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Official Murder in the Australian Northland
Dr. Orville Boyd Jenkins
A review of the book by Chloe Hooper
Tall Man:  The Death of Doomadgee (NY:  Scribner, 2009.  258p.)

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Hooper has written a murder mystery wrapped in the cloak of political intrigue and racial persecution.  The unusual thing about this story, however, is that it is true.

Hooper has reviewed an actual case in Australia, probing the case of Cameron Doomadgee, arrested in Northern Australia for swearing at a white police officer.  While in custody, Doomadgee died under suspicious circumstances.

As in repeated stories in South Africa, the police reported that their prisoner had tripped on a step.  This did not seem to explain his ruptured liver.  Doomadgee's lawyer asked Hooper to write the whole story, drawing upon her impressive credentials and extensive experience as an international journalist.

Thus what we read is a day to day account of the story as it unfolds on various fronts.  Hooper follows the testimony and progress of the case witness by witness and day by day.  She does an excellent job of introducing us to the characters before the actual trial convenes, providing a basic summary of the case as understood at that point.

She presents the background and life scenario of each person, police or civilian.  She spins out more background as the story progresses, providing perspective on each new aspect and discovery.  We learn pieces of the mystery along with her, either from the police investigation, the public events, news stories of the run-up to the trial and other experiences of the family of the victim.

Especially helpful is the cultural backdrop that comes alive as Hooper engages with local communities explores cultural history and explains religious practices and traditions of the various tribes of people involved.  She is careful to point out the locale and tribal heritage or language setting of each practice or encounter.  Through the presentation of the personal history of the principals, we begin to see the different worldviews of the broader European mindset and the local aboriginal view of reality.

I got an almost overwhelming sense of sadness and frustration over the state of despair that so pervaded the urban aboriginal families and communities we meet as the story develops.  Drunkenness and abject poverty overwhelm the reality they experience.

Some fall back on the active heritage of Christian faith and worship, while retaining awareness of the traditional aboriginal unity with the land and mystical reality ignored or discounted by the European.  Others have despaired of Christian identity, because of its association with the broader colonial oppression.  Hooper details how one group of missionaries cared for orphans and schooled them in a military regime that virtually enslaved them.  But many of these people, like African slaves in America, found identity in the Christian faith that provided the power and energy to throw off the oppressive racial concepts of their teachers and colonizers.  Hooper gives great attention to detail, without bogging us down or distracting from the developing theme.  All this is background to how and why Doomadgee's death could and did occur.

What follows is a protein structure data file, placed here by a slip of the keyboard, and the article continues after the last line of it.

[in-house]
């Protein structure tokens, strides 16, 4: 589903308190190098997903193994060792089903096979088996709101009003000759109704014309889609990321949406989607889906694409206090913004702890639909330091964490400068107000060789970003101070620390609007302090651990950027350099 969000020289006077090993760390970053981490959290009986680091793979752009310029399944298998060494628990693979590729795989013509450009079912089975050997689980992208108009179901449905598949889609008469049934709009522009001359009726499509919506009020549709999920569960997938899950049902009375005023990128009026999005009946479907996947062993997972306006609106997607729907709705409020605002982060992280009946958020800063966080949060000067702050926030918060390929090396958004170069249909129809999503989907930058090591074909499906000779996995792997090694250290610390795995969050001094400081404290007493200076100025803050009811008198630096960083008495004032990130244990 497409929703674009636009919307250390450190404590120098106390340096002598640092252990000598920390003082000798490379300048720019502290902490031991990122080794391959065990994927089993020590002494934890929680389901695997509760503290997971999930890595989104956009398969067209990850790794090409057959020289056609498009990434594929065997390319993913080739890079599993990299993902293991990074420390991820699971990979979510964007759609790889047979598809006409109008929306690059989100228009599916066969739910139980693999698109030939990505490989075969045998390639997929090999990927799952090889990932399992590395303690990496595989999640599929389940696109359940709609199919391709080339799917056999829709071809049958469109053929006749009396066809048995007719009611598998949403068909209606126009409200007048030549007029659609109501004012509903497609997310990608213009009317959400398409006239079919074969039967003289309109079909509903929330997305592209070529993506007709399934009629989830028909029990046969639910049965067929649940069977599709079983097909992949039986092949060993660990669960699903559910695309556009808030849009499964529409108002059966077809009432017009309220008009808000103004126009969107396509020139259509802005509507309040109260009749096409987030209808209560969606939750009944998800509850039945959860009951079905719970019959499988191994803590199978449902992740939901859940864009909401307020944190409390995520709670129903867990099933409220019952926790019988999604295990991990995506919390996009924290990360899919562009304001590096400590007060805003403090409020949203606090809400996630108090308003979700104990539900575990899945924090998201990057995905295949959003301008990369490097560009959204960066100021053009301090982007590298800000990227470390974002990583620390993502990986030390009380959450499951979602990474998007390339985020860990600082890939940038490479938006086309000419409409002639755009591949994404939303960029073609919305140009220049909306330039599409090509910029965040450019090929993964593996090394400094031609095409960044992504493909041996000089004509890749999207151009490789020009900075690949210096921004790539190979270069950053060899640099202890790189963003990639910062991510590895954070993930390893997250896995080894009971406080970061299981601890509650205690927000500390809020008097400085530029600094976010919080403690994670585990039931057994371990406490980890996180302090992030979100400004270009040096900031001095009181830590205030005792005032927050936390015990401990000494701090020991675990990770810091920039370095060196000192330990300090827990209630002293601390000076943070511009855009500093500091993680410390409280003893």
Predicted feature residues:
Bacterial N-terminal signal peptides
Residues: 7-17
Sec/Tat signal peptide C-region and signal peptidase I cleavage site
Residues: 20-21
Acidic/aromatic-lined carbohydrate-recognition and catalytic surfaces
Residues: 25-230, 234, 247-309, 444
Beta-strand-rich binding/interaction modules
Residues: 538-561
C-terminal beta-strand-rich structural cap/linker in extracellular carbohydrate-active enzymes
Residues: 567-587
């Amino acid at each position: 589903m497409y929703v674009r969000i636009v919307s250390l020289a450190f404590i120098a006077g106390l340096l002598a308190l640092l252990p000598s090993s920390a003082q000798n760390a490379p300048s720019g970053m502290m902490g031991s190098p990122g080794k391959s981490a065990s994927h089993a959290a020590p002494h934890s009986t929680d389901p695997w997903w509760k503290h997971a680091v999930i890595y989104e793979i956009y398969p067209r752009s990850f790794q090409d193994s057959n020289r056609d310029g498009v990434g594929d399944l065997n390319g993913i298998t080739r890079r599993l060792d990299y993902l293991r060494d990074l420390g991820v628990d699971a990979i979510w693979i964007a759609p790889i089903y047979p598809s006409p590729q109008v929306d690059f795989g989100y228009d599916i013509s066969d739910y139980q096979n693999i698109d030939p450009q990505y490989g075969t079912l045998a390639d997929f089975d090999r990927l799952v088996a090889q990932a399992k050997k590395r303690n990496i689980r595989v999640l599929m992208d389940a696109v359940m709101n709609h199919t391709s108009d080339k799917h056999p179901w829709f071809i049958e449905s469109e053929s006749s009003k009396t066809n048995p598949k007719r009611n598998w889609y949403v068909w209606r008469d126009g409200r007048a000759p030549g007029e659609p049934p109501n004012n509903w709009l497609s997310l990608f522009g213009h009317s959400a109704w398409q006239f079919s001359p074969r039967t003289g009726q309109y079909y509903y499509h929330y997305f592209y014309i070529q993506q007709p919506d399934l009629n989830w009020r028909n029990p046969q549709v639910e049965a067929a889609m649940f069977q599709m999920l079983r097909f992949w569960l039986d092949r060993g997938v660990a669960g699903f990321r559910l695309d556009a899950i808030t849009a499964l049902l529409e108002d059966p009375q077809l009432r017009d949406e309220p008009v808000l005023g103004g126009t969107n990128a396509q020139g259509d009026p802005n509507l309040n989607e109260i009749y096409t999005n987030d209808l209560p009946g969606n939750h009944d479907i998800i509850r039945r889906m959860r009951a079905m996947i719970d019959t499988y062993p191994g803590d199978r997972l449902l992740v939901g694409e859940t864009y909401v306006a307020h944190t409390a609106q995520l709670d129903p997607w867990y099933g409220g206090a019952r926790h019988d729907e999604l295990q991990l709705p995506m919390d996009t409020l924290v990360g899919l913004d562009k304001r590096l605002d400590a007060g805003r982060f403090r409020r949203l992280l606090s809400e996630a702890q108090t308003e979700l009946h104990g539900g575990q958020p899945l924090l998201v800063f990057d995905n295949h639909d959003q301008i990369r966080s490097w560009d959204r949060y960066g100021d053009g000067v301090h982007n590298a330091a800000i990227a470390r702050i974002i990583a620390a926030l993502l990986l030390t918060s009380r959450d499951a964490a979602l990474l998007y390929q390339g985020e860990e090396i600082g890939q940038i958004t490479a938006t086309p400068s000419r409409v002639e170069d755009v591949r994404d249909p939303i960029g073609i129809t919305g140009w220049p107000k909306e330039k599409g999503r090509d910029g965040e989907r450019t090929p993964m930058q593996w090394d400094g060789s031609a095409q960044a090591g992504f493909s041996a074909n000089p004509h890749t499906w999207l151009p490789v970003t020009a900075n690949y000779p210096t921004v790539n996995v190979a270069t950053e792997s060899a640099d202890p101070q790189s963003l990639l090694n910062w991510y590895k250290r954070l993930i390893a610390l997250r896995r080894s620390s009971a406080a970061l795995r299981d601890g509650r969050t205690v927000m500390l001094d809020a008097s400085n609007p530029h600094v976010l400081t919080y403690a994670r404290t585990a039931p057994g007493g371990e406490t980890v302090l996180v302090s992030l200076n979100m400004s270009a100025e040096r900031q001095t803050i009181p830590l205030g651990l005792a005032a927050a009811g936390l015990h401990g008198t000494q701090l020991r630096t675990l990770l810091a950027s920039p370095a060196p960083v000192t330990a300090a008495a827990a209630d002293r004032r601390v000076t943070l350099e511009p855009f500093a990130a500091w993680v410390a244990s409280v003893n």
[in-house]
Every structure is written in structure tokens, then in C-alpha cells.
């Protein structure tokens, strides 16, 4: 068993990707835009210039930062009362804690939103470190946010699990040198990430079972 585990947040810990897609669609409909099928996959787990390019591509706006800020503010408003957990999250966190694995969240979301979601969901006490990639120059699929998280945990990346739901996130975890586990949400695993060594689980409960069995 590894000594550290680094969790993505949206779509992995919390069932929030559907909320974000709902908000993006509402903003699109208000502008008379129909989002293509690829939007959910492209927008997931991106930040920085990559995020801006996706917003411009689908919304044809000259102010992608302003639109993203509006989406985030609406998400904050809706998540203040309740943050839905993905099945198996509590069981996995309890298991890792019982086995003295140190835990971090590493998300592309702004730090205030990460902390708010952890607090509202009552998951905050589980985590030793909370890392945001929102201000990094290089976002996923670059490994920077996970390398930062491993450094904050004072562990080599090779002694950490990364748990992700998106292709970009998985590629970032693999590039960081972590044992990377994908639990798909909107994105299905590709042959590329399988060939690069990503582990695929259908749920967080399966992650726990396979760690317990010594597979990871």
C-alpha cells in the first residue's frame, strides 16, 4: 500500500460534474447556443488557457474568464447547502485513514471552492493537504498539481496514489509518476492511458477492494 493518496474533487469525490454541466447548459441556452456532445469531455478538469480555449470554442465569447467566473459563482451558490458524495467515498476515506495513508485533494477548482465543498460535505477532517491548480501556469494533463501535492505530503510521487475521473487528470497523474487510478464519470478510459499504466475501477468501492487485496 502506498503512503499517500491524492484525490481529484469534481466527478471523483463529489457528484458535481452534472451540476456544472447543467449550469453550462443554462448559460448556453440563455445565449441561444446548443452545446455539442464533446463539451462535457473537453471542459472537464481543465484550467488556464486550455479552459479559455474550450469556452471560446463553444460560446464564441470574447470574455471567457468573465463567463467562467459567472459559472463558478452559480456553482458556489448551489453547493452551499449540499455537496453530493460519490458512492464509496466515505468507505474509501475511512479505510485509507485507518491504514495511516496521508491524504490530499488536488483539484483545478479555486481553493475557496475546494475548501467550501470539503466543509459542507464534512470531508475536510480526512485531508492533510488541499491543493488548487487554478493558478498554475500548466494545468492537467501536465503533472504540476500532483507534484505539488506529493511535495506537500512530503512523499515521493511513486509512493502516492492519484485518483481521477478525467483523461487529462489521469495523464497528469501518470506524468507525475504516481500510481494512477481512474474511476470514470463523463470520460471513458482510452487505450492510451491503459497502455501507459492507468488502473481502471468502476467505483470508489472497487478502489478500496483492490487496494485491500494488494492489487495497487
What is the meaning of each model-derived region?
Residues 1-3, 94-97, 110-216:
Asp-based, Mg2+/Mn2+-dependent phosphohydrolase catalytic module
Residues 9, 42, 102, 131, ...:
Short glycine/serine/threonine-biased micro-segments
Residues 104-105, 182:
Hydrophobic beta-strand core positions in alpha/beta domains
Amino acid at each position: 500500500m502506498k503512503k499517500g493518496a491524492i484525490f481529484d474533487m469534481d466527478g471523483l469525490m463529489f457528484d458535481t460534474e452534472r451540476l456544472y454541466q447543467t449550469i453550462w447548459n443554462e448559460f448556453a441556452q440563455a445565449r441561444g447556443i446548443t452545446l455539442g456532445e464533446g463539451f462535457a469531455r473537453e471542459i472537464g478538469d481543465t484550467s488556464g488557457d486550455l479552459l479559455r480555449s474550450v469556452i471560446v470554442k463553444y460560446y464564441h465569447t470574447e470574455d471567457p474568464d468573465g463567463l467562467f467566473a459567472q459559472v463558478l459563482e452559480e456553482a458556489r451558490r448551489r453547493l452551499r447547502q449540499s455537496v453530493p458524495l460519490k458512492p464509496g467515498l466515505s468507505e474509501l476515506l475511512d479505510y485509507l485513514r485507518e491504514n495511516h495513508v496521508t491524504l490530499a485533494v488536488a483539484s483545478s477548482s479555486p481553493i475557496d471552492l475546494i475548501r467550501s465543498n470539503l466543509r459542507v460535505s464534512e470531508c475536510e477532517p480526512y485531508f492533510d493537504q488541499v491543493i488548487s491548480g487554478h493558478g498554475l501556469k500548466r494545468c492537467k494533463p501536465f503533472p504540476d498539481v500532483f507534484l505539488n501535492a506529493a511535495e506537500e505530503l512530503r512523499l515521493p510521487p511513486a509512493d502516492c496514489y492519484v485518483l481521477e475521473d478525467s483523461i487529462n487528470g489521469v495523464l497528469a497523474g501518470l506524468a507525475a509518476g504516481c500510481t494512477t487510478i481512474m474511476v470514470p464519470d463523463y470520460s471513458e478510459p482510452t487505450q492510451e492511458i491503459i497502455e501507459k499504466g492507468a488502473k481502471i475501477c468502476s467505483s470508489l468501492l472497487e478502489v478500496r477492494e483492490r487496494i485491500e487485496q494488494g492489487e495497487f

There is an aura of hopelessness about other options.  Children grow up in violent, hopeless situations and grow up to perpetuate the situation in the next generation.  Some of this can be blamed on the racial oppression and exclusion of the aboriginal peoples from the general economic and social sectors.

This exclusionary racial discrimination and the oppressive attitudes and practices have changed in recent decades in much of Australia, apparently, as in some other countries.  Yet this isolated Palm Island on the northern Australian coast has been bypassed by even the creeping progress occurring in other areas.

This is the first case in which a white policeman was even brought to trial for the death of an aboriginal person.  Thus the trail itself is a notable event of Australian history.  The streams of subterfuge, collusion and corruption are developed and detailed skillfully.  We see top legal minds develop the prosecution against the offending police officer, Chris Hurley.

We see the day-to-day interplay as the defense attempts to refute the prosecution's picture and develop a defense of Hurley.  We learn how the first inquest is thrown out, and a new one is ordered by the Province.  It is a fascinating insight into the growing self-consciousness and moral consciousness of official contemporary Australia.

The title of the book, Tall Man, is taken from a set of aboriginal rock paintings featuring an evil Tall Man portrayed as an oppressive figure.  Hooper explores these and other aboriginal symbols and the use in sympathetic magic of the mystical worldview of the peoples.  The insights in to culture, worldview and some effort to reclaim a positive sense of identity and moral-social equilibrium are encouraging in the overall backdrop of despair that seems to overwhelm some of the participants of this tale.

This story spins out the trial and the underlying stories in an engaging manner like a murder mystery.  But Hooper did not make this story up.  She carries us through the process of discovery up to the emotional moment of the verdict.  Find out that for yourself!

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First reading notes written 24 May 2009
Reviewed on Amazon and OJTR 2 June 2009

Orville Boyd Jenkins, EdD, PhD
Copyright © 2009 Orville Boyd Jenkins
Permission granted for free download and transmission for personal or educational use.  Other rights reserved.

Email:  orville@jenkins.nu
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